Pain relief or natural birth? That is one of the decisions facing the parents-to-be as they take part in an antenatal class:


"That's lifted directly from life. At the time like all the men in the room, I kept quiet. But writing Coupling allows me to get my real feelings about the whole experience off my chest.


"The women were constantly being told that if they breathed properly they wouldn't need any pain relief. The men were all thinking, 'Are you mad? If you could rid yourself of pain by breathing properly, we would all be doing it! Take the pain killers!'


"I've now got the opportunity to say that out loud!"


To date, Steven has written 28 episodes over four series of Coupling:


"Being the only writer on a successful show is very rewarding. Writing so many also frees you up as you can write more atypical episodes, which is fun to do."


The introduction of a new male character in this new series gives Steven a new angle.


Coupling returns without Richard Coyle, who played Jeff, but with Richard Mylan as the new character Oliver, utterly inept in female company, who meets Jane on a blind date. She describes him as, "half puppy, half idiot."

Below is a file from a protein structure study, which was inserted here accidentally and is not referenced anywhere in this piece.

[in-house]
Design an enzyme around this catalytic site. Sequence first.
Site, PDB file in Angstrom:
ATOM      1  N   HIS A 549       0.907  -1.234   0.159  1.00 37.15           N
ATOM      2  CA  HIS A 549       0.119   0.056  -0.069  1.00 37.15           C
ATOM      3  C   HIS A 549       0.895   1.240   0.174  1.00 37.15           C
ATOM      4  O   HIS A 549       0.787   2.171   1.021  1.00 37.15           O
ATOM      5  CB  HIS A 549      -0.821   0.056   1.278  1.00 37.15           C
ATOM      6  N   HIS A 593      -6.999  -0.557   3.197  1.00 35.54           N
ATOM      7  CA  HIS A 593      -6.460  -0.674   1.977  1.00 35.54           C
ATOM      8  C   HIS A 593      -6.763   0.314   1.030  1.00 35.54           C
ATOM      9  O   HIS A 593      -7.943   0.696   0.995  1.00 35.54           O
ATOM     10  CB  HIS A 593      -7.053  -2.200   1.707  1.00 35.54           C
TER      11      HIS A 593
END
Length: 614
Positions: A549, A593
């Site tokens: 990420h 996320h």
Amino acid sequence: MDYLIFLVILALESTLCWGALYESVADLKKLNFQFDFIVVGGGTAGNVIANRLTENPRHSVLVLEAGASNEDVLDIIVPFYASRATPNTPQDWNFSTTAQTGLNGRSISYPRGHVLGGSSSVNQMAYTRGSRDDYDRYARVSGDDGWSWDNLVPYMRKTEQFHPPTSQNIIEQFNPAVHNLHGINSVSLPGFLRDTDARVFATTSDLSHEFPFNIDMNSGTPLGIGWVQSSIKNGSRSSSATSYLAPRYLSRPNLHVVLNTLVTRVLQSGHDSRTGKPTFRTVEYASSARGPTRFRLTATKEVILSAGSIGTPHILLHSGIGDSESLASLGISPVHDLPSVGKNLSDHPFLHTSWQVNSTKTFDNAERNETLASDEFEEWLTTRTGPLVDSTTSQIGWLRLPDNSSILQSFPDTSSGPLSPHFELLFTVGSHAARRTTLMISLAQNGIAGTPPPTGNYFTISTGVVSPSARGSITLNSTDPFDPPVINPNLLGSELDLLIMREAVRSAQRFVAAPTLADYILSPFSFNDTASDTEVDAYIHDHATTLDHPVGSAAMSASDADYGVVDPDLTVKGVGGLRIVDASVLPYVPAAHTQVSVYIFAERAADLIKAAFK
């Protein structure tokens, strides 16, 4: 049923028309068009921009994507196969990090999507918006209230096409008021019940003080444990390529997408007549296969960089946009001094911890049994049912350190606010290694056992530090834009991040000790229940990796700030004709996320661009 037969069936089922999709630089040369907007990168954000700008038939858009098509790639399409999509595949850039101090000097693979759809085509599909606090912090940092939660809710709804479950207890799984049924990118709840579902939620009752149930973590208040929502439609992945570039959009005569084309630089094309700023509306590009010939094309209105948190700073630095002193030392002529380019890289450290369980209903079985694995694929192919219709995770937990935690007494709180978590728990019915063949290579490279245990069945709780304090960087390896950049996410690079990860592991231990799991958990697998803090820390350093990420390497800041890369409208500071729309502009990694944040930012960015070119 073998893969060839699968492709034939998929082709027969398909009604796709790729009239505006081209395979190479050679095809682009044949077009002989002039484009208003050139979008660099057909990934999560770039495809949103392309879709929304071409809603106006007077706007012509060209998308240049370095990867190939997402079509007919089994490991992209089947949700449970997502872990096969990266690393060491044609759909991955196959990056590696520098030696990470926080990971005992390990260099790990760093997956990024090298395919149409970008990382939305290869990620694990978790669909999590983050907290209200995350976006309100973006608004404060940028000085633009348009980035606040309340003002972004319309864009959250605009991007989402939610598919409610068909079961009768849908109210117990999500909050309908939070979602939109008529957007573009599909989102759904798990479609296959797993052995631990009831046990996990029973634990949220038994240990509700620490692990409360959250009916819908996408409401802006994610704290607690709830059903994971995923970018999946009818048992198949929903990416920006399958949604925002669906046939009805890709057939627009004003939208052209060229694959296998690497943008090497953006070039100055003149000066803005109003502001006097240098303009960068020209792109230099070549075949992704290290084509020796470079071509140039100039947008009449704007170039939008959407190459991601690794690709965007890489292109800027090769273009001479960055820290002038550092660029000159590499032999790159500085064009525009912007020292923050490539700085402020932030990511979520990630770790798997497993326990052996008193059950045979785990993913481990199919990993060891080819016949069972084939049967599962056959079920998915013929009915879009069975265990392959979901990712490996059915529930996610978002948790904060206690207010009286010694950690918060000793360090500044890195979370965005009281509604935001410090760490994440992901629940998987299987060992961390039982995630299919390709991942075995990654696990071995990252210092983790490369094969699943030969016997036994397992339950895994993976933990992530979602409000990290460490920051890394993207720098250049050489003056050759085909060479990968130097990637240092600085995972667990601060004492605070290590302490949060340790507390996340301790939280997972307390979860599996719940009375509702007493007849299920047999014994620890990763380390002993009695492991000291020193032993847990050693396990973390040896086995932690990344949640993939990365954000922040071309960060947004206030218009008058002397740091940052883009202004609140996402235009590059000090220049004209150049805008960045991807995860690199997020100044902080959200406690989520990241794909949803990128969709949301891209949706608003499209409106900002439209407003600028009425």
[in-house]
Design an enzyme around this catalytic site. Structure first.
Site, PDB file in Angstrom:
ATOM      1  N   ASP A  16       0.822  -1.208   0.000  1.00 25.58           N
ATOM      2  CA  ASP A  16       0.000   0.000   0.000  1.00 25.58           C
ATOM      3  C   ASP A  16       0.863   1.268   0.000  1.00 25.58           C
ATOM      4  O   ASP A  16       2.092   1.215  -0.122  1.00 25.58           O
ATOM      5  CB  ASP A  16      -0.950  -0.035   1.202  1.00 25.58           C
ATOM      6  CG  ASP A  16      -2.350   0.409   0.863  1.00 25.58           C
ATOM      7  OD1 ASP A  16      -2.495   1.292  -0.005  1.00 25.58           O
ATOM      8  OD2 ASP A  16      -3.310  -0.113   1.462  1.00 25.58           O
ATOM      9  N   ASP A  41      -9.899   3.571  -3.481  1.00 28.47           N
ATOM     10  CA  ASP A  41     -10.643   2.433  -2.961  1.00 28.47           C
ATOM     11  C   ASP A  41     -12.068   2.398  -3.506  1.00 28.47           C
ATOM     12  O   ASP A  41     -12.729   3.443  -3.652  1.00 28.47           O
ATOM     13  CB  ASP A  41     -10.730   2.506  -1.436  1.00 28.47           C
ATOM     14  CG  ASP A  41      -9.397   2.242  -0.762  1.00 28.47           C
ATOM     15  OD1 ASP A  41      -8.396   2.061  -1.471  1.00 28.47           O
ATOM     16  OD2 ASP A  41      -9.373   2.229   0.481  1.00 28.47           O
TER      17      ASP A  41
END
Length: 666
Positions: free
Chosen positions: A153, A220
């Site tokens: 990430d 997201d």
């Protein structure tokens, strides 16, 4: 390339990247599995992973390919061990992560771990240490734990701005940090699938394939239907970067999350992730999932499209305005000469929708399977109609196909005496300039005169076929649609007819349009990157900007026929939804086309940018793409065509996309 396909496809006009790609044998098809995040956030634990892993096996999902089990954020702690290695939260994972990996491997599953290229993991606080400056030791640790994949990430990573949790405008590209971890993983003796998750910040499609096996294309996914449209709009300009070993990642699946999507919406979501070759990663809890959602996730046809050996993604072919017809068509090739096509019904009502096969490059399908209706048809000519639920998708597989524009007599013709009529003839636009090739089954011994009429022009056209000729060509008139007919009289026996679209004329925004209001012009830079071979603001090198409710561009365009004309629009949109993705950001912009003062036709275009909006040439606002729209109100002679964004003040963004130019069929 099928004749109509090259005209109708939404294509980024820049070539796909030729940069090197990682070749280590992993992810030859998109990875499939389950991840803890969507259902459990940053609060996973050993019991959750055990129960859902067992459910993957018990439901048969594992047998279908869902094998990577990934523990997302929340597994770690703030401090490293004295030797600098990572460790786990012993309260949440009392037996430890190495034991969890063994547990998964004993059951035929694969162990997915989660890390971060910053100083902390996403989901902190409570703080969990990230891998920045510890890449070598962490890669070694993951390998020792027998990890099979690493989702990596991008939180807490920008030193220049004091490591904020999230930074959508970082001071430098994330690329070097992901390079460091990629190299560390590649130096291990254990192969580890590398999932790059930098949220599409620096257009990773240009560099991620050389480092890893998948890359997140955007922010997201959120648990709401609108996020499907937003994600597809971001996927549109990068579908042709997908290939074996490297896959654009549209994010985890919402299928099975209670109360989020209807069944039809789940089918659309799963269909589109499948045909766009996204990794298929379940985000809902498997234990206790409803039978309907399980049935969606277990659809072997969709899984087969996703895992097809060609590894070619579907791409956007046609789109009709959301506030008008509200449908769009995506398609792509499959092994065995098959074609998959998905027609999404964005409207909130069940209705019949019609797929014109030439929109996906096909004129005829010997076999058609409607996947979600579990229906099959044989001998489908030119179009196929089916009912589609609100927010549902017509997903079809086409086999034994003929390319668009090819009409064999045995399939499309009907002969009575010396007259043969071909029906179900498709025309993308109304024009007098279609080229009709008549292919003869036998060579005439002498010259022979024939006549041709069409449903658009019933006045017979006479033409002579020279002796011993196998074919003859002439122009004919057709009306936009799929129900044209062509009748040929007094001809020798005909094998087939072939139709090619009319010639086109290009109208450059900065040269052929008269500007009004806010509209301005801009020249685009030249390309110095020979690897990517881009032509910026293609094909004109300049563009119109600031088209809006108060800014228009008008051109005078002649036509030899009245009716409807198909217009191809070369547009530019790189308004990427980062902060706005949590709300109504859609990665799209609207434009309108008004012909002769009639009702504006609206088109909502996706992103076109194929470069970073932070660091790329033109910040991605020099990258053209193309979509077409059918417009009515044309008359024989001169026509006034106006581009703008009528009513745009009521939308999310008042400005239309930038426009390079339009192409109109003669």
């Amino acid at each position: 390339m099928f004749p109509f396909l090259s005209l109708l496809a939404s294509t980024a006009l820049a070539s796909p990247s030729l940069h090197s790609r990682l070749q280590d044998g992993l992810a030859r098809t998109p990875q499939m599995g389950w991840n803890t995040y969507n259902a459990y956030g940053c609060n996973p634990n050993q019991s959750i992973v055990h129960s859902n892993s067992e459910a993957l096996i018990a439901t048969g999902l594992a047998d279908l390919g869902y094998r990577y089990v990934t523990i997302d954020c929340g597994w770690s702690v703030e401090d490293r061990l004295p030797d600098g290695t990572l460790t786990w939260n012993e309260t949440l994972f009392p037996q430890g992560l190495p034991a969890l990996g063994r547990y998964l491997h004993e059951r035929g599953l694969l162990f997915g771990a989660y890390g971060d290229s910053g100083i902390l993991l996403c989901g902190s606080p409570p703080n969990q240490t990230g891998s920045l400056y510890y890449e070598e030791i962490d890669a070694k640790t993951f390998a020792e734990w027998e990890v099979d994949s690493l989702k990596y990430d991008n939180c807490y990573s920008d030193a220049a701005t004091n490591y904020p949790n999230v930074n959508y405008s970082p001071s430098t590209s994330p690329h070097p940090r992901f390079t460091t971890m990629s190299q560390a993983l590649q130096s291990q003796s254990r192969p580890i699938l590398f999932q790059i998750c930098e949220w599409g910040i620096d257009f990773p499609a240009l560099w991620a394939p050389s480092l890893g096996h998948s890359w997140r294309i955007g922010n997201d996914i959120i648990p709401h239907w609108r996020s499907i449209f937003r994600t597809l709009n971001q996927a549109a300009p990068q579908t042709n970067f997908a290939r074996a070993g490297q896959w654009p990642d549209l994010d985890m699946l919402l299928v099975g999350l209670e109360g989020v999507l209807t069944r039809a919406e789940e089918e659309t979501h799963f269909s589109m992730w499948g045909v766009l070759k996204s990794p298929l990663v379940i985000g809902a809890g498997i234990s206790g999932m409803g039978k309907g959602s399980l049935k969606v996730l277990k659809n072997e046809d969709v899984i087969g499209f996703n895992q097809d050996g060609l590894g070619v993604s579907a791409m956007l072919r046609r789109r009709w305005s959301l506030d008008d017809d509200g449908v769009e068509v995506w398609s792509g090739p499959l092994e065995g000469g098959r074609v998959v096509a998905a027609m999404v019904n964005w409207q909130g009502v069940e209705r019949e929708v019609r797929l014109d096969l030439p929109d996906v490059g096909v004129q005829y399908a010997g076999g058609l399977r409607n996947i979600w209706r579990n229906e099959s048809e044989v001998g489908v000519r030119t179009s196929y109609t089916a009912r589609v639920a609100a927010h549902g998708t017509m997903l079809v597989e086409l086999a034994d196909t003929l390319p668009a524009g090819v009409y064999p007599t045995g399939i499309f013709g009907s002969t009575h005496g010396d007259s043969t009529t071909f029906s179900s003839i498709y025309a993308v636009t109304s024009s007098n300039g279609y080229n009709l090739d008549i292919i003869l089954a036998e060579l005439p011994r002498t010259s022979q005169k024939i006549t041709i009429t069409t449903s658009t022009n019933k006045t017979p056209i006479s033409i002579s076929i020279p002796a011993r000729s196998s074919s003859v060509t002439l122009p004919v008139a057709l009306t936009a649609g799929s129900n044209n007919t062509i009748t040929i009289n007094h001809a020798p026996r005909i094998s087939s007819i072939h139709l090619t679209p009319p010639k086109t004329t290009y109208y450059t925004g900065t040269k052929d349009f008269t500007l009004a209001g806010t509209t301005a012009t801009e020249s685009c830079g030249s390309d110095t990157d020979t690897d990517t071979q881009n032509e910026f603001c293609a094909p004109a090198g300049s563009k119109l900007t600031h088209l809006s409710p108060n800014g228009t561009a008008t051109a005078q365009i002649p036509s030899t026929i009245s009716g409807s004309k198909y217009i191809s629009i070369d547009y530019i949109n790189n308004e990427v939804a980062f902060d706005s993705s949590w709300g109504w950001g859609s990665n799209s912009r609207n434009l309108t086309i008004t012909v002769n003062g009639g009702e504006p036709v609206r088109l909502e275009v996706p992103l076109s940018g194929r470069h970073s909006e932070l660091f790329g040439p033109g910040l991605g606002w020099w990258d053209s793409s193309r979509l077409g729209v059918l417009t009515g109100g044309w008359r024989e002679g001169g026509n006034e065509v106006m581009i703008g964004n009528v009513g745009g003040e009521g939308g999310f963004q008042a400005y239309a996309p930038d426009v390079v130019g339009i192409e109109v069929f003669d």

Aware that fans of Jeff might need time to adjust to his departure, Steven talked about his plans on the BBC America noticeboard:


"There will be a new character - Oliver, Jane's worst possible blind date - and I'm having a whale of a time writing him. I miss Jeff, but it's invigorating to have a new wind blowing through the show.


"We've cast someone we think is going to be wonderful. And after you've all got tired of wearing your black armbands, I think you might think he's wonderful too…


"To be honest, it's kind of nice for everything to be a big scary risk again."


Steven stresses that Oliver doesn't just slot into the dynamics of the established friendships:


"It isn't until episode five that he becomes one of the group. After all, they barely know him and it's only then that the three boys end up in the bar together."


Steven admits that he was disappointed when Richard Coyle decided not to return - not even for a couple of days filming so he could be written out.


It meant he had to wrack his brains over how to write Jeff out of the story - he was, after all, Steve's best mate.


Then Ben Miles mentioned that a friend of his had said it would be really funny if Jeff came back as a woman.